It is too early to get a full picture of what collaboration happened between tenants and landlords, however early snapshots tell us that most agreements involved deferrals of rent, rather than abatements (rent forgiveness). In general, the retail and office sectors saw the greatest number of requests for relief. The retail sector was hit the hardest, with only 20% to 25% of regional mall tenants in Canada making their rental payments in April. Industrial tenants fared better, apart from smaller industrial tenants with service bays, who saw revenues drop more dramatically than those in e-commerce or logistics. Some landlords were more willing to help smaller tenants, and thus expected that larger companies, who also experienced cash-flow and liquidity issues, to continue to pay their rent. As such, when met with a request from a larger tenant, some landlords refused relief, reasoning that such tenants get better rental rates and concessions in their leases from the outset, and that now was a time for them to continue to fulfill their lease agreements so that resources could go to smaller tenants. There was a class of tenants who also ceased making rent payments and then negotiated with their landlords. Major cases include Starbucks and Canadian Tire, who withheld their payments regardless of whether or not their landlords were willing to reach an agreement. Faced with an unprecedented economic environment, businesses of all sizes were forced to take the risk of default in favor of cash preservation.


Such variations in the negotiating of rent relief points to the differing perceptions of this crisis for landlords and tenants and the expectations on both sides for granting such relief. As businesses of all sizes reached out for help, landlords of varied scales responded in different ways. For example, many private landlords were quick to offer relief on the assumption and knowledge that their tenant had been reliable and trustworthy over the course of many years, or even decades. Having built strong relationships with their tenants, it was in both parties’ interests to work to a solution to keep them in their space and in business for the long-term.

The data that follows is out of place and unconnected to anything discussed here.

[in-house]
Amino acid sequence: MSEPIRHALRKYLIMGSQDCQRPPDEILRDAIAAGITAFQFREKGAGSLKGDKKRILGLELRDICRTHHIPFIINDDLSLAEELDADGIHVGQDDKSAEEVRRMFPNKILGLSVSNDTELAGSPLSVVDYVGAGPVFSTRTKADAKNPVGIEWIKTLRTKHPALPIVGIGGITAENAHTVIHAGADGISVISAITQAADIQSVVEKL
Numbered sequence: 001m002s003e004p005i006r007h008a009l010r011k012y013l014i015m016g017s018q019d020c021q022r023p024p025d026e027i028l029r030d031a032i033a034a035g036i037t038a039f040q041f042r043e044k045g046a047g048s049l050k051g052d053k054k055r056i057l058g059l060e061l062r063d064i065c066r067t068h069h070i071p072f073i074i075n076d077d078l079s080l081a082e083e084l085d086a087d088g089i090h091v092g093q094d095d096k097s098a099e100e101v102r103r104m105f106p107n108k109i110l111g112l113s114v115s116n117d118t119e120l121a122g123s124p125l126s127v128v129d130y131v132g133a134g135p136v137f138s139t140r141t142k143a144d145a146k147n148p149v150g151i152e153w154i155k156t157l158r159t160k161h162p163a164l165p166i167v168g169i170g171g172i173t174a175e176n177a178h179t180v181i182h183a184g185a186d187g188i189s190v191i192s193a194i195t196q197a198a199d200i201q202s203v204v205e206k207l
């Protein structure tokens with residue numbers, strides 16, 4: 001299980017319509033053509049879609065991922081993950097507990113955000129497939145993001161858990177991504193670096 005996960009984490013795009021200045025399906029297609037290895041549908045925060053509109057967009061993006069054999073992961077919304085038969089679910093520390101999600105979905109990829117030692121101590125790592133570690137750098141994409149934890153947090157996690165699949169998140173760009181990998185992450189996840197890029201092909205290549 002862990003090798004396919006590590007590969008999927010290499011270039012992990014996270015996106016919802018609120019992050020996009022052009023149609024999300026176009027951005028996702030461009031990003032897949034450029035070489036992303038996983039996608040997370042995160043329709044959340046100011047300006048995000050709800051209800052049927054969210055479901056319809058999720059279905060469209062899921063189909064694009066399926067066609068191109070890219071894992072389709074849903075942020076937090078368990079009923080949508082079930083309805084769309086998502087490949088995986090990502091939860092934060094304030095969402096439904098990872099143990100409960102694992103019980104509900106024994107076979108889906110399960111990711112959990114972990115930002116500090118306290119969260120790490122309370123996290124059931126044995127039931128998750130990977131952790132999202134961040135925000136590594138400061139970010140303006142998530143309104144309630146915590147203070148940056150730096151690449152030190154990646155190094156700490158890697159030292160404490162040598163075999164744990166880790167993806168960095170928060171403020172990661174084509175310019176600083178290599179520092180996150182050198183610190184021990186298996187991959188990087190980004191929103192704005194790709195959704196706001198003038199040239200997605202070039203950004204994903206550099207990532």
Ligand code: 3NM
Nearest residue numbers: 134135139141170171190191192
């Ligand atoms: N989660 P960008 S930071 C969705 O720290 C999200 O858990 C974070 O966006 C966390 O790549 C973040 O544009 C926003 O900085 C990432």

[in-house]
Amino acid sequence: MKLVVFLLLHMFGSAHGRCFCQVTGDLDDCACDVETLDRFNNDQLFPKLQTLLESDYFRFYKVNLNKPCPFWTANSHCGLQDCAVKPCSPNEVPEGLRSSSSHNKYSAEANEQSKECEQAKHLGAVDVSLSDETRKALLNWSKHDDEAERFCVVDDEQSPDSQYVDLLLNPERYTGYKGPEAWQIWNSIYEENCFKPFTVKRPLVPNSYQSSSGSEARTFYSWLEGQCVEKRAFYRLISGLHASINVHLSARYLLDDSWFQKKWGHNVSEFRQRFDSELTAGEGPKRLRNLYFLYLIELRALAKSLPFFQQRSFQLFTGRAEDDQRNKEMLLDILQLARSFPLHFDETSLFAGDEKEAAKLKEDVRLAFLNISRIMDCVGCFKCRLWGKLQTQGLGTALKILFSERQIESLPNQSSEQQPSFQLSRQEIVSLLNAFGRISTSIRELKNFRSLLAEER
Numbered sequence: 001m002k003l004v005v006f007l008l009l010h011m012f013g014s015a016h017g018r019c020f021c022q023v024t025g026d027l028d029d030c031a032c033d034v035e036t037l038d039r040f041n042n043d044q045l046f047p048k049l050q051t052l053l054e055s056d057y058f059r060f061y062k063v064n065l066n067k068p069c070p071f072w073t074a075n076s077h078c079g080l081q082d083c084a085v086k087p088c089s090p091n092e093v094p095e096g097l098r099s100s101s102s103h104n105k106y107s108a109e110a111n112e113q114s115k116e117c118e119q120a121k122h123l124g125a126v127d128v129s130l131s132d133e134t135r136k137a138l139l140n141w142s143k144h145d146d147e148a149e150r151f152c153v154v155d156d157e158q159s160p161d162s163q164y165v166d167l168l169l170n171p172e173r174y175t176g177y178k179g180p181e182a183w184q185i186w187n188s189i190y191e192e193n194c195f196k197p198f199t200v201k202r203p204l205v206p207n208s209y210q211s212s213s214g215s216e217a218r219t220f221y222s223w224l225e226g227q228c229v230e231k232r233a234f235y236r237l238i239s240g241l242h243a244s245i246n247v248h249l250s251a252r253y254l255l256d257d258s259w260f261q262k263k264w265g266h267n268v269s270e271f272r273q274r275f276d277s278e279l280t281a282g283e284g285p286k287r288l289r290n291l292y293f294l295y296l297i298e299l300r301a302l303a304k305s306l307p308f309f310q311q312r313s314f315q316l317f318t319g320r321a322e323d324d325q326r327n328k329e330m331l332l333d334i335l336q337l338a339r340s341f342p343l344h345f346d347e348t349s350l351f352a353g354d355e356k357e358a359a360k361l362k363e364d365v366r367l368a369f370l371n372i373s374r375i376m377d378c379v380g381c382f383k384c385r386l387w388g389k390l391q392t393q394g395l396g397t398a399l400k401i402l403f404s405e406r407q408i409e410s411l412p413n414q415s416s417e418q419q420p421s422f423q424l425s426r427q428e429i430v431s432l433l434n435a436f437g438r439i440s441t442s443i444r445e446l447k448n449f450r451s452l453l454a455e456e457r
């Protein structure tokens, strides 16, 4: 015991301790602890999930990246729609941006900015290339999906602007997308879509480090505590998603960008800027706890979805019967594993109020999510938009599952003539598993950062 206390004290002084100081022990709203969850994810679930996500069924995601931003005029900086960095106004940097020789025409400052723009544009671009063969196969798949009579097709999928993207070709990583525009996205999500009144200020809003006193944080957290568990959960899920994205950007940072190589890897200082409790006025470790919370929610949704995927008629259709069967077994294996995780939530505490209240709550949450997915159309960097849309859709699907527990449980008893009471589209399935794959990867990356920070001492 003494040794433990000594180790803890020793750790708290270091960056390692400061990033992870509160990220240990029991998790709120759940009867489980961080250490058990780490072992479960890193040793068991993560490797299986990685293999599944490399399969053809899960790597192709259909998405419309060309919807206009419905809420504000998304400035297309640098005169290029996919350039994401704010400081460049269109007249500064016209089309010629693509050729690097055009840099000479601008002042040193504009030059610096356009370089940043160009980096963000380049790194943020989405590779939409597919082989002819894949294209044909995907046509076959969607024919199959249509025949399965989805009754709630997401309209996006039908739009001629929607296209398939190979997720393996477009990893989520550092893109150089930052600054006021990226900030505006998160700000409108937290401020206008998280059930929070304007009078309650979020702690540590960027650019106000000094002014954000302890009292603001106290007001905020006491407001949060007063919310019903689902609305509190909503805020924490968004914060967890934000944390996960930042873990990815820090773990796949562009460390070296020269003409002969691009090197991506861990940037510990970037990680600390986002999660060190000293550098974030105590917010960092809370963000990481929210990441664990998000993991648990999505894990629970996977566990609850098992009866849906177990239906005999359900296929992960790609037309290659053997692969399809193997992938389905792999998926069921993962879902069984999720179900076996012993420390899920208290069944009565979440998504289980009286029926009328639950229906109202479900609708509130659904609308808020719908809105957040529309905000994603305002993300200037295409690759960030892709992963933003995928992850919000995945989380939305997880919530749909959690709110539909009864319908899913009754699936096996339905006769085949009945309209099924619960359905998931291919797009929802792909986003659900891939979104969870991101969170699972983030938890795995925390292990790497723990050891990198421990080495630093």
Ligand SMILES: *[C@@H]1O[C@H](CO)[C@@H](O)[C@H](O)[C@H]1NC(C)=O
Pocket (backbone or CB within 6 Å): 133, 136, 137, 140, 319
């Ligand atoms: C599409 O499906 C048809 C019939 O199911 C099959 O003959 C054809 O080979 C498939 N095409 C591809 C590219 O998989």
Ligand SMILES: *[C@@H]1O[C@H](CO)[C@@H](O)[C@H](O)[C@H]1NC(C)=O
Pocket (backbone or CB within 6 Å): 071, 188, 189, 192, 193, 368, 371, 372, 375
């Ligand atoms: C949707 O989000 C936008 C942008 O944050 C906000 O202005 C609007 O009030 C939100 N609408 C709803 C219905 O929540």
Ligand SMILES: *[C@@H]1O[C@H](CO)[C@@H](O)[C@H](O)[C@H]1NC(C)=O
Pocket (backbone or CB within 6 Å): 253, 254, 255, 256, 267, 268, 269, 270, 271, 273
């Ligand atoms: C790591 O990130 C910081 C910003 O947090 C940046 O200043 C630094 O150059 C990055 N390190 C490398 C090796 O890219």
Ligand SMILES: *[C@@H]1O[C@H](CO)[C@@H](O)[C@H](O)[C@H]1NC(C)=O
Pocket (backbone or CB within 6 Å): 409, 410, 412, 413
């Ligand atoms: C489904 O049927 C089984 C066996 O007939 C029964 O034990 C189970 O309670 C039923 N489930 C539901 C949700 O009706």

As my firm navigated rent relief discussions with over 1,000 landlords across Canada, we noticed an almost uniform approach by the institutional owners. In exchange for a consideration of rent relief, tenants would be required to submit historical financial statements, and future business plans—documentation that was largely irrelevant and difficult to compile within a meaningful timeframe given the circumstances. This approach was effective in dissuading many tenants from following through in their request for relief and while it was effective in preserving liquidity for the landlord in the short-term by weeding out tenants who were not faced with the imminent threat of failure, it creates risk for many tenants that will now have a weakened ability to weather a prolonged crisis. For larger, multi-market tenants, they may be pushed to re-evaluate their real estate strategy to include parameters around ownership type, favoring privately owned versus institutional when comparing options for their tenancy in the future.


The COVID-19 crisis has demonstrated that short term sacrifices from both tenants and landlords may help ensure greater stability in the future: a “winner takes all” approach may feel like a victory in the moment, but could erode a vital business relationship that requires trust and good faith. Ideally, negotiations between the two should try to find a solution that is in the best long-term interest for both parties: it should not be assumed that what is in the best interest for the landlord is opposed to what is in the best interest of the tenant. Both ultimately want to carry on with business as usual in what is a shorter-term, but nonetheless major health and economic crisis.


While markets around the world now deliberate the likelihood of a “second wave” and how best to respond, the fact is that nobody really knows how this is going to play out. Never have we experienced a worldwide, government-imposed cessation of economic activity and until a vaccine has been administered on a massive scale, the disruption and uncertainty will continue to exist.


The Canadian experience has demonstrated that while swift action and good will from governments and municipal actors may be available and certainly helpful, the most effective and direct route to relief in this crisis lay in the tenant and landlord relationship and their ability to collaborate on a solutions that protect their collective interests for the long term.